Meanwhile, FAO also informs that the ‘water we eat’ daily through the food we consume is much more than what we drink, FAO informs, while providing some examples: Did you know depending on the diet, we need 2 000 to 5 000 litres of water to produce the food consumed daily by one person?
“As the global population is estimated to reach 10 billion people by 2050, demand for food is expected to surge by more than 50 per cent. Evidence suggests that two-thirds of the world population could be living in water-stressed countries by 2025 if current consumption patterns continue.”
Agriculture is both a major cause and casualty of water scarcity. Farming accounts for almost 70 per cent of all water withdrawals, and up to 95 per cent in some developing countries, the UN specialised agency reports.
Water scarcity is expected to intensify as a result of climate change, it adds, while informing that it is predicted to bring about increased temperatures across the world in the range of 1.6°c to as much as 6°c by 2050.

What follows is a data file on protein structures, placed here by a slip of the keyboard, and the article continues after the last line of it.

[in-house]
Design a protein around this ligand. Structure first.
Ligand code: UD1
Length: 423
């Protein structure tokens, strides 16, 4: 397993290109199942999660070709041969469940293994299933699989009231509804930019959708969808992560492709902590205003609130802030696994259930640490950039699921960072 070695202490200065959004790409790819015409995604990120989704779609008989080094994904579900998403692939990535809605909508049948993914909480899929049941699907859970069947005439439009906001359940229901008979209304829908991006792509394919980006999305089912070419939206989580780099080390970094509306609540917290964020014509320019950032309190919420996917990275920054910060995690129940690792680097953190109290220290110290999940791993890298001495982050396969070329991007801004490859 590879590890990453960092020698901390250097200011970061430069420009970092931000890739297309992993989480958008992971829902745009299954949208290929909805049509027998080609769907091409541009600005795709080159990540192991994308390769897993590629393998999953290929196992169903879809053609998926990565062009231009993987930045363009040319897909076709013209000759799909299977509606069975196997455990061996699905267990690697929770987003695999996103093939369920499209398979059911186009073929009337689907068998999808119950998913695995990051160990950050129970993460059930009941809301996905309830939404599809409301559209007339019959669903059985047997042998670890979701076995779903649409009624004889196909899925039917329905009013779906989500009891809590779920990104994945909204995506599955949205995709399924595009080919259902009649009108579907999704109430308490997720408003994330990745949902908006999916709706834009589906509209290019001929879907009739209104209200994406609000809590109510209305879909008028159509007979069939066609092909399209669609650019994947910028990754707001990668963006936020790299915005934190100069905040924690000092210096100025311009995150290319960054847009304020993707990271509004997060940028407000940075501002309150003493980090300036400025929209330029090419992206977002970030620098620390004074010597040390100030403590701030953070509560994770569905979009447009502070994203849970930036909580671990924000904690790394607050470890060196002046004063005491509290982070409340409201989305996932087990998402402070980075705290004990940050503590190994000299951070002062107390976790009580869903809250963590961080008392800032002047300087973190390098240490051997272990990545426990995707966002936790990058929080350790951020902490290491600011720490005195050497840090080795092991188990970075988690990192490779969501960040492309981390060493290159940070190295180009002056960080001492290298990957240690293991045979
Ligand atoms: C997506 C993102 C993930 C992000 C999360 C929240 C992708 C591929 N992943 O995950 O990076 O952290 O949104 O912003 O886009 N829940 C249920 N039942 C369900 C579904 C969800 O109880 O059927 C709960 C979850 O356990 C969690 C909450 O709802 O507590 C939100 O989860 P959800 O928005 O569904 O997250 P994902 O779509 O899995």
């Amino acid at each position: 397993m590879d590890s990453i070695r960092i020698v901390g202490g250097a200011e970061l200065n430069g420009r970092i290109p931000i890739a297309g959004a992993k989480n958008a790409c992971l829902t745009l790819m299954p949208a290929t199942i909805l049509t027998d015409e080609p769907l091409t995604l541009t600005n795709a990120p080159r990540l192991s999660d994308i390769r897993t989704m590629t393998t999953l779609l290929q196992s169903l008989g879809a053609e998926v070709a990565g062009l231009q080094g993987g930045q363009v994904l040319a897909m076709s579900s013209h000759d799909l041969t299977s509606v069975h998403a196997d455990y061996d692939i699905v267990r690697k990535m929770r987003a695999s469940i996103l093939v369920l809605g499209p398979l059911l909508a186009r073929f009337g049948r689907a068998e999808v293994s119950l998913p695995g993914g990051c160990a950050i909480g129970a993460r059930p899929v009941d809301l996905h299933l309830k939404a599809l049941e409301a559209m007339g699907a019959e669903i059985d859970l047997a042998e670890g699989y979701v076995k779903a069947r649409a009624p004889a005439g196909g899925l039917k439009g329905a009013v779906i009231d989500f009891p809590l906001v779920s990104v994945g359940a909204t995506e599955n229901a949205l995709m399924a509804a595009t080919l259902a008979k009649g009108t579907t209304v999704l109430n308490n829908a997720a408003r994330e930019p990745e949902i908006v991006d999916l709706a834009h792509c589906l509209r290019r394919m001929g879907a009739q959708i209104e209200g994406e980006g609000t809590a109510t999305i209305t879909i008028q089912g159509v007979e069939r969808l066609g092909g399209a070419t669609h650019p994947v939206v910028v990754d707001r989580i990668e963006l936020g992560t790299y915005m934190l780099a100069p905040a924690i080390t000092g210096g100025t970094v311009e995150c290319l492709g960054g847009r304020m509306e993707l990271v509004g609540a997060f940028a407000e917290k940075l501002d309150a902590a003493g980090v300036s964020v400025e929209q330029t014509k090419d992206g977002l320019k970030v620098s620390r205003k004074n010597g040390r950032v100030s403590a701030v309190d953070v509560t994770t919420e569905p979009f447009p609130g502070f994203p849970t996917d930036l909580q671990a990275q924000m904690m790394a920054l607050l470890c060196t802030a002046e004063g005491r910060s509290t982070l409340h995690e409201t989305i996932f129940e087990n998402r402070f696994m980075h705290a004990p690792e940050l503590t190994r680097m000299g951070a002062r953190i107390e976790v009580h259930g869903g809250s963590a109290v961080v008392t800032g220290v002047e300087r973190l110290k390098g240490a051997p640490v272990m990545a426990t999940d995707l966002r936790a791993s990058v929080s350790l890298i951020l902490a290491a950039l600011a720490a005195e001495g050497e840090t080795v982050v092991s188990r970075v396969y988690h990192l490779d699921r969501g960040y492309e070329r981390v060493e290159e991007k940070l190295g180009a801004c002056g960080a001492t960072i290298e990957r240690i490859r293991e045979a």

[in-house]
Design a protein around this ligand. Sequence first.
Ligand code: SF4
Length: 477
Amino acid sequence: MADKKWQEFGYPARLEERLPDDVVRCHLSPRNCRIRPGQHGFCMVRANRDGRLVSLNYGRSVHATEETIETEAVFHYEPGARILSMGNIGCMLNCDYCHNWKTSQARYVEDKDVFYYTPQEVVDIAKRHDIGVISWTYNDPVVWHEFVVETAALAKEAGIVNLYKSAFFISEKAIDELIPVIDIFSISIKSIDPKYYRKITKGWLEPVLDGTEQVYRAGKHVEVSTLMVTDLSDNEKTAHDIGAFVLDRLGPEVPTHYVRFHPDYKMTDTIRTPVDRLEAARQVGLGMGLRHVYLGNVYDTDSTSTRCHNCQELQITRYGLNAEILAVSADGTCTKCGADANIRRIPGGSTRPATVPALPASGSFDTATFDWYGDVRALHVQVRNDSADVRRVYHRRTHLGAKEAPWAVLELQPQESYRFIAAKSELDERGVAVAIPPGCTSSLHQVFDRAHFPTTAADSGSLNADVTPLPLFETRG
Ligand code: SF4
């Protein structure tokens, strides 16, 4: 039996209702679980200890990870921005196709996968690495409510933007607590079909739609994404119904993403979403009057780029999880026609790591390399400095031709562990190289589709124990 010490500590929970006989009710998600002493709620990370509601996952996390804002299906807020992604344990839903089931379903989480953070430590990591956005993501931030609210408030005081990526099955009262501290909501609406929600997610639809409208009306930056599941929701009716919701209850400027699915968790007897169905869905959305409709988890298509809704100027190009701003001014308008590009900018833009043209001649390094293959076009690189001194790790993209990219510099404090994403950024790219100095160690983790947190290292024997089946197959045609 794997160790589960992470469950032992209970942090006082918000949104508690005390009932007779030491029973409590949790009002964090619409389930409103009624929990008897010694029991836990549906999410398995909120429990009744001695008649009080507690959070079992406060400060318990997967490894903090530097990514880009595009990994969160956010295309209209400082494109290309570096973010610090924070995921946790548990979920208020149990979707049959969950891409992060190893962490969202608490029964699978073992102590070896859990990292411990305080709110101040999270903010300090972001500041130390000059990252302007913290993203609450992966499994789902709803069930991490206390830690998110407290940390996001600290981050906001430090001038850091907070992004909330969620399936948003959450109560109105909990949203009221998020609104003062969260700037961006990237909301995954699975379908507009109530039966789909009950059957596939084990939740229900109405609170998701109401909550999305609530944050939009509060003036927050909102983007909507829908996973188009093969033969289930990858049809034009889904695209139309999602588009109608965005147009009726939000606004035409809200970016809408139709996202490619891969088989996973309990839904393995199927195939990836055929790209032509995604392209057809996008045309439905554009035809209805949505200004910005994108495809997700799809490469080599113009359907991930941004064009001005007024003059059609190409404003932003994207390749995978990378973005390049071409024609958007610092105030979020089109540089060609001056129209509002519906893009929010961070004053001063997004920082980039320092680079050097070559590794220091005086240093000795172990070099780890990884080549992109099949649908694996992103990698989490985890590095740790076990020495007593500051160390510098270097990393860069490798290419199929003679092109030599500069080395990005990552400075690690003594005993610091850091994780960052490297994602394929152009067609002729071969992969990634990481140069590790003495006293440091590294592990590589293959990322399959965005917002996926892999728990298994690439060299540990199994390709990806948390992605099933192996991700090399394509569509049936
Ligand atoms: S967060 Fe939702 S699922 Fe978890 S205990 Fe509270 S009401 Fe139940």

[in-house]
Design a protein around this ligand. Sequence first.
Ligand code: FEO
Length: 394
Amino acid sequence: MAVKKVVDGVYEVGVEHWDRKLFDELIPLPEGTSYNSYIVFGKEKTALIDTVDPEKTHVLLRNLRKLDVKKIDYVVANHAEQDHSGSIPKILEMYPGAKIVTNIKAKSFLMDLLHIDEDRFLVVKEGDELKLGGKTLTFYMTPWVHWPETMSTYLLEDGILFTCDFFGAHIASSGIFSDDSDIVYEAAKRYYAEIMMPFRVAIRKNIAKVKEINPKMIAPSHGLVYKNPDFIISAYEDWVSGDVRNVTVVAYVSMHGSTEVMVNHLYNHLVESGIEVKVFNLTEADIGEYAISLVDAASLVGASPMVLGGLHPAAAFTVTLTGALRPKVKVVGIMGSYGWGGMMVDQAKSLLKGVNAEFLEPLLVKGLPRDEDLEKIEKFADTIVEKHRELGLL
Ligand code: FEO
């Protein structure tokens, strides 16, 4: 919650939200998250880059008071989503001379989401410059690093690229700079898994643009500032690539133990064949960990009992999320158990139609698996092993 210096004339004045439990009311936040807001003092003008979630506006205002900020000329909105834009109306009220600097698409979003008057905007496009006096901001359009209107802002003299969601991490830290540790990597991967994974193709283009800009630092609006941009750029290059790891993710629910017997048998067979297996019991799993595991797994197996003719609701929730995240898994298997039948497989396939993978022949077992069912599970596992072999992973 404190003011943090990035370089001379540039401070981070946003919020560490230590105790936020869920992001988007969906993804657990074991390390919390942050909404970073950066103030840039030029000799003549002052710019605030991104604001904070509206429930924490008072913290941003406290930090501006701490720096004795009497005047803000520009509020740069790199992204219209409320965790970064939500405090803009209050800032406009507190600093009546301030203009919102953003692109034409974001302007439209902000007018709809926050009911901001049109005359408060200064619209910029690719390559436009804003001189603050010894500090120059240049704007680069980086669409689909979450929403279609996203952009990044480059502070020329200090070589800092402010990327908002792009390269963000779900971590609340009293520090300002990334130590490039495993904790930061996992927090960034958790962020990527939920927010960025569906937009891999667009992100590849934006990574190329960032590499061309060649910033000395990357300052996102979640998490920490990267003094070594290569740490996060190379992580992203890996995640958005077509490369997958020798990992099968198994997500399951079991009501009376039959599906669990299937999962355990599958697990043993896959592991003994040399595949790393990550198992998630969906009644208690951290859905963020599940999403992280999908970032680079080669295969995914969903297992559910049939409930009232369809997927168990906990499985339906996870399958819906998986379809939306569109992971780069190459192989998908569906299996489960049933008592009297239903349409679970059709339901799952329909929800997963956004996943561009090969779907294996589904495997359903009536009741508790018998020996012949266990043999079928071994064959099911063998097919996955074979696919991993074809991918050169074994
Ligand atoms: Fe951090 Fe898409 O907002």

“For each 1 degree of global warming, 7 per cent of the global population will see a decrease of 20 per cent or more in renewable water resources.
Last but not leas, the UN agency also informs that each year, one-third of world food production is either lost or wasted — that translates into a volume of agriculture water wasted equal to around three times the volume of Lake Geneva.
By Miriam Gathigah
NAIROBI, May 30 2017 (IPS)
With a new international treaty, an increasing number of African countries are committing to phasing out mercury, a significant health and environmental hazard.